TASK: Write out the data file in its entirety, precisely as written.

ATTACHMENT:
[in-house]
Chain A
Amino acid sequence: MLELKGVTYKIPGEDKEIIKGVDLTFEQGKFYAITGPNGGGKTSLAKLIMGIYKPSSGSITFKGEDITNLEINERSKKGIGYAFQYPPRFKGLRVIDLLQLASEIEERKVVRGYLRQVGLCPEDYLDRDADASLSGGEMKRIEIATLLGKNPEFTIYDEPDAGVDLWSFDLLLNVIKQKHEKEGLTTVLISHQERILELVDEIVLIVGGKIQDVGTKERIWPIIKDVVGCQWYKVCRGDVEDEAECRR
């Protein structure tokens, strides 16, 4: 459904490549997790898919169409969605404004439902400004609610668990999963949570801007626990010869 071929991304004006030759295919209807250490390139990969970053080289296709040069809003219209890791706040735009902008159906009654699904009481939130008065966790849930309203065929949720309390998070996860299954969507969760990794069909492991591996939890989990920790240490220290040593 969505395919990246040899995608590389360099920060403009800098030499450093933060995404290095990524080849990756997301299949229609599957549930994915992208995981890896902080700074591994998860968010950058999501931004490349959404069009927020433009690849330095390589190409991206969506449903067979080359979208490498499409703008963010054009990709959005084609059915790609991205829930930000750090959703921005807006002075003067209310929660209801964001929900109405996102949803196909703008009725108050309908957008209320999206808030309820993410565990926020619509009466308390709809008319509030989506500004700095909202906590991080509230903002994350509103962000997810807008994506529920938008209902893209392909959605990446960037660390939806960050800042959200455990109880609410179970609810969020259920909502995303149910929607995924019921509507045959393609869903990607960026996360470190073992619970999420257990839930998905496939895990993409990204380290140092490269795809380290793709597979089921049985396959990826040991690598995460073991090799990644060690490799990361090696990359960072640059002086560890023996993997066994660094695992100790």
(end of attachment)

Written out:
[in-house]
Chain A
Amino acid sequence: MLELKGVTYKIPGEDKEIIKGVDLTFEQGKFYAITGPNGGGKTSLAKLIMGIYKPSSGSITFKGEDITNLEINERSKKGIGYAFQYPPRFKGLRVIDLLQLASEIEERKVVRGYLRQVGLCPEDYLDRDADASLSGGEMKRIEIATLLGKNPEFTIYDEPDAGVDLWSFDLLLNVIKQKHEKEGLTTVLISHQERILELVDEIVLIVGGKIQDVGTKERIWPIIKDVVGCQWYKVCRGDVEDEAECRR
């Protein structure tokens, strides 16, 4: 459904490549997790898919169409969605404004439902400004609610668990999963949570801007626990010869 071929991304004006030759295919209807250490390139990969970053080289296709040069809003219209890791706040735009902008159906009654699904009481939130008065966790849930309203065929949720309390998070996860299954969507969760990794069909492991591996939890989990920790240490220290040593 969505395919990246040899995608590389360099920060403009800098030499450093933060995404290095990524080849990756997301299949229609599957549930994915992208995981890896902080700074591994998860968010950058999501931004490349959404069009927020433009690849330095390589190409991206969506449903067979080359979208490498499409703008963010054009990709959005084609059915790609991205829930930000750090959703921005807006002075003067209310929660209801964001929900109405996102949803196909703008009725108050309908957008209320999206808030309820993410565990926020619509009466308390709809008319509030989506500004700095909202906590991080509230903002994350509103962000997810807008994506529920938008209902893209392909959605990446960037660390939806960050800042959200455990109880609410179970609810969020259920909502995303149910929607995924019921509507045959393609869903990607960026996360470190073992619970999420257990839930998905496939895990993409990204380290140092490269795809380290793709597979089921049985396959990826040991690598995460073991090799990644060690490799990361090696990359960072640059002086560890023996993997066994660094695992100790």